City installing temporary dam to help determine and repair cause of sinkhole

City crews are working on determining the cause of the sinkhole that opened up at Winnipeg and Carney streets following this week's heavy rain. Crews will have to excavate down approximately 20 feet to look at a large drainage pipe installed the 1970s. Motorists are advised to avoid the area, if possible, as work will continue for at least the next few days. Bill Phillips photo
City crews are working on determining the cause of the sinkhole that opened up at Winnipeg and Carney streets.

The City of Prince George has begun installing a dam near Carrie Jane Gray Park to help determine and repair the cause of a sinkhole at the nearby intersection of Carney Street/20th Avenue and Winnipeg Street/Massey Drive. The project is expected to take several weeks to complete and may result in the closure of the intersection. Currently, only the northbound lanes of Winnipeg Street are closed to traffic.

In recent years, Prince George has had four sinkholes at this location – two in 2014 (one of which was caused by a watermain break) and two in 2018. Engineers believe the cause of the repeated sinkholes to be damage to a large stormwater pipe, likely installed in the 1960s, or to an adjoining manhole.

The stormwater pipe collects run-off from catch basins within the road network and discharges it into the channel in Carrie Jane Gray Park. The water ultimately flows through the Hudson’s Bay Wetland, beneath Queensway, and into the Fraser River. So far, crews have excavated 4-5m down and exposed the top of the stormwater pipe.

“It has not yet been possible to expose the whole pipe and determine the cause of the failure due to water in the pipe and at the bottom of the excavation,” says Dave Dyer, General Manager of Engineering and Public Works. “Therefore, the City will attempt to de-water the excavation and the pipe via a sheet pile dam to allow crews to be able to see both inside and around the pipe to determine where it may be failing and then fix the issue. Sheet piling equipment has been moved to the site to allow construction of the dam to begin.”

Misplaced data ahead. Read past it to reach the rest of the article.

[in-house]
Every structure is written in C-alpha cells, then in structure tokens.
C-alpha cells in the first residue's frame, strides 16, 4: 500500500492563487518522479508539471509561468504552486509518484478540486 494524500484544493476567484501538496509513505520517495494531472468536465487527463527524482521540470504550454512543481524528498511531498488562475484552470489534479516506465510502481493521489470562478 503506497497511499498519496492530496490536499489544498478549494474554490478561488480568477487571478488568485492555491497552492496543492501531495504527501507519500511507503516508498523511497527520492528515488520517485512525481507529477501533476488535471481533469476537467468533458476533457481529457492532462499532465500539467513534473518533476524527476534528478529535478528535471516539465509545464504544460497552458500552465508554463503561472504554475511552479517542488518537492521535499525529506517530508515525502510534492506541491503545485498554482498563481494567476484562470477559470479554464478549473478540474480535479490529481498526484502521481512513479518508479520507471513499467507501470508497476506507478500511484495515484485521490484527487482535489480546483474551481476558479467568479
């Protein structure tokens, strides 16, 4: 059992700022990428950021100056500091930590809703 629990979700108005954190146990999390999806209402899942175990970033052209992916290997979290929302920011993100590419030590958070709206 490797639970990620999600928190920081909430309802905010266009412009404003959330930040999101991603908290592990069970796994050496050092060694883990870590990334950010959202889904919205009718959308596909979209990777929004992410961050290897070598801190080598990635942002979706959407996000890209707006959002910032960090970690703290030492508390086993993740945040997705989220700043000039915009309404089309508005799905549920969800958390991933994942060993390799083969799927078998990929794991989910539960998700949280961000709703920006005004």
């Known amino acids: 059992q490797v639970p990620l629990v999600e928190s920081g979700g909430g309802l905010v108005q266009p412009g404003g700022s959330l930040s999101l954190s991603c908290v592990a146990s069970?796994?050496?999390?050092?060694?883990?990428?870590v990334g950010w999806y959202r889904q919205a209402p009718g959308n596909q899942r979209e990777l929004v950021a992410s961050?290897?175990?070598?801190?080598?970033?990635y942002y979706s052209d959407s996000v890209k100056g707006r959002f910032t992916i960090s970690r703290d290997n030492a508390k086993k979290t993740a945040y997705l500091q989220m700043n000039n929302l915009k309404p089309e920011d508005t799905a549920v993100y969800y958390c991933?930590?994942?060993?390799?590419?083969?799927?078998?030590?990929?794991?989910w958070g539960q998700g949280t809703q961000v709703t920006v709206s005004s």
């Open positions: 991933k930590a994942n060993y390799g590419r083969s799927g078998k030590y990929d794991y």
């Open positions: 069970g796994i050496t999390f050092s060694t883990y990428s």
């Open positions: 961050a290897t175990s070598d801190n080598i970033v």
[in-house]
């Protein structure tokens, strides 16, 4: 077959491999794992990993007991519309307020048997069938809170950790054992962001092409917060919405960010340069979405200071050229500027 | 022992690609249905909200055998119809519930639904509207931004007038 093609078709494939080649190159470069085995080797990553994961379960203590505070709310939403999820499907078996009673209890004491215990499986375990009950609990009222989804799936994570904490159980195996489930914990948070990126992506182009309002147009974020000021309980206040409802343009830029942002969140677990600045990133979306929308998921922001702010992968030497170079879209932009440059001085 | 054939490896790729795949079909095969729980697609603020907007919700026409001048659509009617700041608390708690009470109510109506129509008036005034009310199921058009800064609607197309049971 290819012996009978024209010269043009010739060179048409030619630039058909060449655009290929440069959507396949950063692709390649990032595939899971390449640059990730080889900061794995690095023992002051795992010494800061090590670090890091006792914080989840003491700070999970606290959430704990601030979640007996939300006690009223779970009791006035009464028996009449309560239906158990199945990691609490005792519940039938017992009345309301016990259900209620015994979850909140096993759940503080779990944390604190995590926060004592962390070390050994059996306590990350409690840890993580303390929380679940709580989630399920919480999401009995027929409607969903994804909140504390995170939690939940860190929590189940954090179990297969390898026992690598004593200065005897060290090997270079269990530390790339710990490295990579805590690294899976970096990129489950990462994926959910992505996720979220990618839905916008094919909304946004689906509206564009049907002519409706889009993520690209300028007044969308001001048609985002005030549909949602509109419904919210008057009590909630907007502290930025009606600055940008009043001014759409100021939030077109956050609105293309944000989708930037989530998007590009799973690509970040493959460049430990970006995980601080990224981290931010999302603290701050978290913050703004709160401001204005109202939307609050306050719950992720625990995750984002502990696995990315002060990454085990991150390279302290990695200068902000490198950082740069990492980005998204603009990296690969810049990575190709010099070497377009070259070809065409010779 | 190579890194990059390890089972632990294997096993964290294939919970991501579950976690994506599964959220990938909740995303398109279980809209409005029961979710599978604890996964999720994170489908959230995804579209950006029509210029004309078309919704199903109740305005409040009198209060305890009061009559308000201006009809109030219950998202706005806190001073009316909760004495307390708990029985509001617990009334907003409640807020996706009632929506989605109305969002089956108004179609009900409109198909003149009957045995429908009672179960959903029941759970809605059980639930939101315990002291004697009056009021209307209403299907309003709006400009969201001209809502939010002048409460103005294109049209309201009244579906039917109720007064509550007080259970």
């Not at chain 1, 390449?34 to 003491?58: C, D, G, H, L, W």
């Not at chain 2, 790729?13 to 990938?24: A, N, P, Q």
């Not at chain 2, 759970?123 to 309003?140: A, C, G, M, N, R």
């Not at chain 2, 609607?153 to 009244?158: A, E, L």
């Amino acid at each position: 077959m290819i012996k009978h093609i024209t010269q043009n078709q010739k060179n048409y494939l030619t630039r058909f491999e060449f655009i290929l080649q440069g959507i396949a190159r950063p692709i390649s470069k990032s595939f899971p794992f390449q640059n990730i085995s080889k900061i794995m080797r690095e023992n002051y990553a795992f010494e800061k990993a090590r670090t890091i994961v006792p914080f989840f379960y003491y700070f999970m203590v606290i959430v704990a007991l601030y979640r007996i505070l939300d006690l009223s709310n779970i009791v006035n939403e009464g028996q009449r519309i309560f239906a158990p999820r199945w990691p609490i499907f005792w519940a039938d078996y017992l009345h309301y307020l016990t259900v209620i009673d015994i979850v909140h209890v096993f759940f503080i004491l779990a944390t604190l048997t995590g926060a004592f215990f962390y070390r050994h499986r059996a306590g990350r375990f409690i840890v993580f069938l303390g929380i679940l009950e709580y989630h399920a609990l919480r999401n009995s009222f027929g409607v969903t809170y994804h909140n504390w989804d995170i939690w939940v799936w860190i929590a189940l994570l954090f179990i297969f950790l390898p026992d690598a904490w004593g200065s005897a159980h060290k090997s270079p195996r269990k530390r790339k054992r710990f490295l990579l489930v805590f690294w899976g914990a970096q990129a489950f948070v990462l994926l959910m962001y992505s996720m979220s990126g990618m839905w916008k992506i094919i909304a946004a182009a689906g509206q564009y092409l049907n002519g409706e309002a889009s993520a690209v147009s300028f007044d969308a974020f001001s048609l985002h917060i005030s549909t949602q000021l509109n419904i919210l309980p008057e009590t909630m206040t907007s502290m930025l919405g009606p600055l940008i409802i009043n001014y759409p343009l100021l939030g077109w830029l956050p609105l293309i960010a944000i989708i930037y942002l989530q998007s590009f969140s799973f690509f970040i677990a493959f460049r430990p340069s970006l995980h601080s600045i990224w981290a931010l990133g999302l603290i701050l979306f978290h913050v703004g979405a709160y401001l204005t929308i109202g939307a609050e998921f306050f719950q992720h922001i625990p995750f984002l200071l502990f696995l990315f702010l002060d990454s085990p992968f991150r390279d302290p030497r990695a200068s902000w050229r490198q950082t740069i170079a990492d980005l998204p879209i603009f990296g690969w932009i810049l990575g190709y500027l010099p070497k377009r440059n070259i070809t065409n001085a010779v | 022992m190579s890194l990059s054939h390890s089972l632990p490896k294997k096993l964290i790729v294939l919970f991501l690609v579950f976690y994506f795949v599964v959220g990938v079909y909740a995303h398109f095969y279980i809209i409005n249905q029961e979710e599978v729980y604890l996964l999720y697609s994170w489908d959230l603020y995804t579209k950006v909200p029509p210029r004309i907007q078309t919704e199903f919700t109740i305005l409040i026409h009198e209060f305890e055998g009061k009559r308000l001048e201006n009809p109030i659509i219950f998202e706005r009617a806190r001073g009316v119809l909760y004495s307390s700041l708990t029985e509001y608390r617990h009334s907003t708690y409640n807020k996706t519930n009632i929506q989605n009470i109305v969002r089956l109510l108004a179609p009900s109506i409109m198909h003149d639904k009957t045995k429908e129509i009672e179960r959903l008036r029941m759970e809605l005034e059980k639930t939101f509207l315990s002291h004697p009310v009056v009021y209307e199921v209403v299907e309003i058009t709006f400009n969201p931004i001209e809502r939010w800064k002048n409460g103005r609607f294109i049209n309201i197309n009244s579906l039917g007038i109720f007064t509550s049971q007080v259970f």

Once a sufficient quantity of water is removed from the excavation, crews will use a vactor truck to extract sediment from the storm pipe at the manhole to allow camera or confined space entry to confirm where the pipe failure occurred.

“Once the problem is determined, a repair plan will be confirmed and we will be able to determine how much more we need to excavate the area to fix the repair. We may need to excavate an additional two metres down,” says Dyer. “If that is the case, we will most likely have to extend the top edge of the excavation well into the intersection. This may require the entire intersection to be shut down and more traffic detours to be set up. In that case, we will do all we can to minimize the time it takes to fix the problem.”

Due to the extensive amount of work to be done and as yet unknown factors (e.g. the depth of the groundwater surface, the amount of time it will take to drain the pipe, the exact location and extent of the pipe failure, the extent of the excavation and how far into the intersection it will go), the City estimates that the operation could take as many as six to eight weeks. The City must now also build in contingencies in case of another major storm event to ensure the safety of crews and the public at a very busy intersection.